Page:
Government Purchasing and Contract Vehicles: Why Is It Important to Understand Both

This post is the first in a series on understanding government contracting and maximizing opportunities to participate in government contracts.

Facing the consequences of the financial crisis and a polarized political debate about government spending, government contracting markets have been pressured to spend less and be more productive. As a result, contracting practices are evolving and competition is getting tougher for contractors.

Federal government spending has declined annually since a high of $541 billion in FY2008, to a total of $460 billion in FY2013. In 2012, sequestration, a major policy initiative, made mandatory for all agencies to cut $1.2 trillion over 10 years across all federal agencies. Budget reductions and uncertainties have caused postponements, cancellations or changes in contract requirements and plans across agencies and programs.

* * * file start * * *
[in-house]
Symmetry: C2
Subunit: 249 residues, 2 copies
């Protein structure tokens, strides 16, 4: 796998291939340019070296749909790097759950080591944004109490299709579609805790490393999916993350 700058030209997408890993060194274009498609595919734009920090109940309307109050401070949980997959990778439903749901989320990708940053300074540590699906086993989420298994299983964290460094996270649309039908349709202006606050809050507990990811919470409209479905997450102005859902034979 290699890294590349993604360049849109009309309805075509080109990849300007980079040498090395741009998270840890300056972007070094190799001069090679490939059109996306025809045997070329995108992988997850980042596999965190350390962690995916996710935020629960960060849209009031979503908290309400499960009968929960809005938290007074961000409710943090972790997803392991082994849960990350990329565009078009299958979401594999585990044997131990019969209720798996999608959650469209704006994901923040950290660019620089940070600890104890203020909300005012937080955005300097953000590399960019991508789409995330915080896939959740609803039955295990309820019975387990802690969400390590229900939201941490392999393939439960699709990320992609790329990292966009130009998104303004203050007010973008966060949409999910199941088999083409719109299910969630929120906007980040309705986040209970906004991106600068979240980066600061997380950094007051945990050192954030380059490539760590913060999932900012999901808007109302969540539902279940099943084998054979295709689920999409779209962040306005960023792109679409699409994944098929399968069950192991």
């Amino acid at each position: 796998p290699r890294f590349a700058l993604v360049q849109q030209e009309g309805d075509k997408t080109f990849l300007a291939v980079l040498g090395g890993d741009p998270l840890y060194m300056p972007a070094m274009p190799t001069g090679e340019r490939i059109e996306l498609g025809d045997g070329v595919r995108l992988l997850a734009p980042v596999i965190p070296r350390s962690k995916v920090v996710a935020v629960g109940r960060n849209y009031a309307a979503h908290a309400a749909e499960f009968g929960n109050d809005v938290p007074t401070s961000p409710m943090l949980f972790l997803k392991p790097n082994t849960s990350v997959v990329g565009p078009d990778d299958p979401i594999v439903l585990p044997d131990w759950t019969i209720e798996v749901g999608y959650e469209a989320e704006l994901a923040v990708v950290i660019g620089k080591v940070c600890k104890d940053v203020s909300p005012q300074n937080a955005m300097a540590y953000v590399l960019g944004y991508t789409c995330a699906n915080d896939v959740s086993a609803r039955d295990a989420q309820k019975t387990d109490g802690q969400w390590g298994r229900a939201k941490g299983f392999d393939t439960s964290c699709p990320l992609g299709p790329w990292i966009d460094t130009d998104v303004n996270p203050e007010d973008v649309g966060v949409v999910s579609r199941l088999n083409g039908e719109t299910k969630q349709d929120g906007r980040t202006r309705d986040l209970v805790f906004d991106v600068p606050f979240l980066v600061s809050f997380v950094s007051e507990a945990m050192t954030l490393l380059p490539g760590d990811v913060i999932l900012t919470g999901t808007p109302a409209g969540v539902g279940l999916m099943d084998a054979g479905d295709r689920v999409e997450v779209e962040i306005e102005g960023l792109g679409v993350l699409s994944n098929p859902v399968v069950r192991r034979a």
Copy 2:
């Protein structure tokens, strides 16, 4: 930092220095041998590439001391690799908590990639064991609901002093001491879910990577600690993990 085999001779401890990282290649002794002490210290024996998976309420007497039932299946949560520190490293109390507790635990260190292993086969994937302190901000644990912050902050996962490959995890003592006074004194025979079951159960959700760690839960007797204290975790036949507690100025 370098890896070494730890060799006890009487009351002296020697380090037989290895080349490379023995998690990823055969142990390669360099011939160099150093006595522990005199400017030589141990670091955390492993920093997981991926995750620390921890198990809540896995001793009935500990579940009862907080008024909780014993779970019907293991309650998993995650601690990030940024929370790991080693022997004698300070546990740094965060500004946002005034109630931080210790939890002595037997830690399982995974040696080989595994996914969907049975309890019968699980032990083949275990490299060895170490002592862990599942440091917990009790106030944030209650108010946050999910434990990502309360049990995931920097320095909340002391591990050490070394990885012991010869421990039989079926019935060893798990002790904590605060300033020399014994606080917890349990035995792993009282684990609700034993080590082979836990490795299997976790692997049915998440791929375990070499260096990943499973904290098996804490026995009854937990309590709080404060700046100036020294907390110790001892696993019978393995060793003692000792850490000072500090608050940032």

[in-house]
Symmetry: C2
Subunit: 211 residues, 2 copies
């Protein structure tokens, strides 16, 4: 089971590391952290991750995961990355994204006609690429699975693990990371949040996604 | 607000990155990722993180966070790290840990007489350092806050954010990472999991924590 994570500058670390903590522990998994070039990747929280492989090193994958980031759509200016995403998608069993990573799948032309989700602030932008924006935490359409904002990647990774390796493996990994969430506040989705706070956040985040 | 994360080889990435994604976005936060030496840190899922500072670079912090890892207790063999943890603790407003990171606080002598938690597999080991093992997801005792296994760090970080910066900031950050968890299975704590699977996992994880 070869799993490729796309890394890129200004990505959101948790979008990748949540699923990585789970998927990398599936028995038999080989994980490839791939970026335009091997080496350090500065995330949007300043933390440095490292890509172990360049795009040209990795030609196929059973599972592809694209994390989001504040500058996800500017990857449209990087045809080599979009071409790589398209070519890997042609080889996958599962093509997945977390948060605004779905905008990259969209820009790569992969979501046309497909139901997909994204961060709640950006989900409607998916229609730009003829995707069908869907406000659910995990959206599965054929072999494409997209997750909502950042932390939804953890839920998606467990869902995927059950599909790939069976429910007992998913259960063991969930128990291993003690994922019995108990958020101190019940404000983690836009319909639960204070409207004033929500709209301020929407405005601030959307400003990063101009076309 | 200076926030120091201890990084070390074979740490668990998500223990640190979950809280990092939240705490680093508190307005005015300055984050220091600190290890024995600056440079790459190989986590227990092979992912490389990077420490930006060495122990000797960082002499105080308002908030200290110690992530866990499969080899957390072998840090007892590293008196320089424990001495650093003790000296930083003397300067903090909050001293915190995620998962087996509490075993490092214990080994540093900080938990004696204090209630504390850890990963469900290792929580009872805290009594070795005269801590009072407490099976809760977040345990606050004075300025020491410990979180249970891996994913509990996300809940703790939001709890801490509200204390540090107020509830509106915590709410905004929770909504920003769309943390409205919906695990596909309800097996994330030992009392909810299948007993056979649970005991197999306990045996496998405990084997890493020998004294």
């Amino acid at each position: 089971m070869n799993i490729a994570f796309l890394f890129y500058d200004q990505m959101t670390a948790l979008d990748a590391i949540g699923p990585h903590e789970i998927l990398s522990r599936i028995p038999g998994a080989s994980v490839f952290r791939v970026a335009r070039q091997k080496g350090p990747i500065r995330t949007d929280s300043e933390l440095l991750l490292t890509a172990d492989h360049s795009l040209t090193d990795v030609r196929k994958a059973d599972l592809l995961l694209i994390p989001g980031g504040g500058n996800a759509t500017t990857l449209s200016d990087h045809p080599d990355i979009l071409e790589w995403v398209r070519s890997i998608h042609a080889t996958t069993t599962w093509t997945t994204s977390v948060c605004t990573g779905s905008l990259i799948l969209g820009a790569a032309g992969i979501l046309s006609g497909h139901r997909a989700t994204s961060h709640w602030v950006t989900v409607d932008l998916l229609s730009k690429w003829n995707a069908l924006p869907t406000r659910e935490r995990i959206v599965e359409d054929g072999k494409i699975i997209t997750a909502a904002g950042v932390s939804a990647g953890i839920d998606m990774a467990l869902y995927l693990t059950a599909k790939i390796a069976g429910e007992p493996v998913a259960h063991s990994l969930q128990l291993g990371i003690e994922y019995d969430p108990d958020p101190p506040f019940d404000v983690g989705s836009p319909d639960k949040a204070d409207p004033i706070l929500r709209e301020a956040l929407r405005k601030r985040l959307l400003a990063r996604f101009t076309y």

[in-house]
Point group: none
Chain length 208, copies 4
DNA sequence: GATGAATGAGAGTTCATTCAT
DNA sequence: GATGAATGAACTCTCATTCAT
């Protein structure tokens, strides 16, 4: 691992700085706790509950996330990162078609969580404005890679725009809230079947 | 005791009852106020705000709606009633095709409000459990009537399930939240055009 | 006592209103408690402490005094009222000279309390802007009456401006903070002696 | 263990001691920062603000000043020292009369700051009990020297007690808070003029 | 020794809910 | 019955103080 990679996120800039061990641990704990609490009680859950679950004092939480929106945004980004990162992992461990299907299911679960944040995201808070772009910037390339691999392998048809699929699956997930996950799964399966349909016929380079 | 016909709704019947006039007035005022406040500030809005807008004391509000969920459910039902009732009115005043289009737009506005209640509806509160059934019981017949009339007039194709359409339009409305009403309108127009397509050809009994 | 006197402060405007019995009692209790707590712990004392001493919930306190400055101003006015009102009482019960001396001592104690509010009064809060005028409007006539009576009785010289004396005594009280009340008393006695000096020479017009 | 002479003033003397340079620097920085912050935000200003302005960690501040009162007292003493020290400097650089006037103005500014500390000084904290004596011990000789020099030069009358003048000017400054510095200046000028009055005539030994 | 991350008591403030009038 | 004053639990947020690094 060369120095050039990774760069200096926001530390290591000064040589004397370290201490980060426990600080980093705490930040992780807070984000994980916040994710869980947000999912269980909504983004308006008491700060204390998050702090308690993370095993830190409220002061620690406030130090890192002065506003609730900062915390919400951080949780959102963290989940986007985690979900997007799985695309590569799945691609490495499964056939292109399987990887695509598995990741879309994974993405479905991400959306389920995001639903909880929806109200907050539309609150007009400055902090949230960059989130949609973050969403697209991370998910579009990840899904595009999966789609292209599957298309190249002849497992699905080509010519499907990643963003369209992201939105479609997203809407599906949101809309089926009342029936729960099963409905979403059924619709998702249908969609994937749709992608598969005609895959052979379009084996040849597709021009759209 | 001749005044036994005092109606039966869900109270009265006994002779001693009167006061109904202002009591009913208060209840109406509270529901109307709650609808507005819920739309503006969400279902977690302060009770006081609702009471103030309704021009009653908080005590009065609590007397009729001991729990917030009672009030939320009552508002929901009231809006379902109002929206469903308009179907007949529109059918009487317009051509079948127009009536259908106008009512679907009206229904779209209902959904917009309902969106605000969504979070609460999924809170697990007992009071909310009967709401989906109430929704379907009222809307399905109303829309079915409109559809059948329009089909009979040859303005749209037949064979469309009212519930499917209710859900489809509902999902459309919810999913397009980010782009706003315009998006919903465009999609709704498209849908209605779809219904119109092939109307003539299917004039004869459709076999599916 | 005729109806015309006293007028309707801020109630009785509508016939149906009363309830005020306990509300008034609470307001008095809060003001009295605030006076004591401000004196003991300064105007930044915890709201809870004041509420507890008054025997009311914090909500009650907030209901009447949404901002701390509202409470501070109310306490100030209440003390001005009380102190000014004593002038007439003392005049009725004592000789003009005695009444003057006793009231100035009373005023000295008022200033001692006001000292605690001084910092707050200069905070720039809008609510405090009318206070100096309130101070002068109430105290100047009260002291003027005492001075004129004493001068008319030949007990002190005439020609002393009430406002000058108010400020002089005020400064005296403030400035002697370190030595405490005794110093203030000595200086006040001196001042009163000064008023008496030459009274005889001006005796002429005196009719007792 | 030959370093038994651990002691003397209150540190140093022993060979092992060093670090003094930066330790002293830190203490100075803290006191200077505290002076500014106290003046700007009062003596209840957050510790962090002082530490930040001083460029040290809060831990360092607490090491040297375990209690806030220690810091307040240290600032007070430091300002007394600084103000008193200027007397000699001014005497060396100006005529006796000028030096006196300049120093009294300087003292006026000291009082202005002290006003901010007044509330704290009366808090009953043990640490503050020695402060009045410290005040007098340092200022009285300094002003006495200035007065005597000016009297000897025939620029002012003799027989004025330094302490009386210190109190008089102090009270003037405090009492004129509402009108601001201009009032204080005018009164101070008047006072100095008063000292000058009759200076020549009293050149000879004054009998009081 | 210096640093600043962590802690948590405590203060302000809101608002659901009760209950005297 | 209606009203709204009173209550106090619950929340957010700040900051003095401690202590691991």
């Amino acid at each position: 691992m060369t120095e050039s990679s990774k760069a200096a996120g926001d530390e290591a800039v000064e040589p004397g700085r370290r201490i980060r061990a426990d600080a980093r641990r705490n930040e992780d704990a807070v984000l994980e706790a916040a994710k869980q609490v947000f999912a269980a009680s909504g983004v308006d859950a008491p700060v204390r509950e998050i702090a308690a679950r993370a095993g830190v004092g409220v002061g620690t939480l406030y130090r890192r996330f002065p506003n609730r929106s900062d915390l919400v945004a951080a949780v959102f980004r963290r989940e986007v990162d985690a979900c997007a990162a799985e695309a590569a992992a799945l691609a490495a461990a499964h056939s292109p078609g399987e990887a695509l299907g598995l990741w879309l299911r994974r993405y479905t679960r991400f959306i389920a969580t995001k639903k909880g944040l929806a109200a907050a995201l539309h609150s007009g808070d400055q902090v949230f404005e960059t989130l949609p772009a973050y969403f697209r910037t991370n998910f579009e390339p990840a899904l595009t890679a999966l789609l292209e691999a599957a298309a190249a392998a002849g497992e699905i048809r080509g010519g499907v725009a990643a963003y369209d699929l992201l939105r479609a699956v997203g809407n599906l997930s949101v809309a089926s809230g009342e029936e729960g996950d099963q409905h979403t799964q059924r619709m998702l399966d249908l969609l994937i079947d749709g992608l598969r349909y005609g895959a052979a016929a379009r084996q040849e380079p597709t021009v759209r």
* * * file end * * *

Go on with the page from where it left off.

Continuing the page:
Total federal spending on contracts (click image to enlarge)
Source: USASpending.gov

Overall solicitation values and the average solicitation value in 2013 (302.4 billion and $47.8 million, respectively) continued to decline from the most recent high watermark year of 2011 ($376.2 billion and $78.4 million, respectively). At the same time, federal procurement programs are expected to continue to shift toward programs that are smaller in scope and dollar value, making it easier for agencies to gain approval to move forward despite restricted budgets. Even though some industry analysts predict that FY2014 will result in a greater number of “high dollar” (i.e. larger in scope in dollar value) procurement opportunities, the competition for fewer dollars, overall, will increase.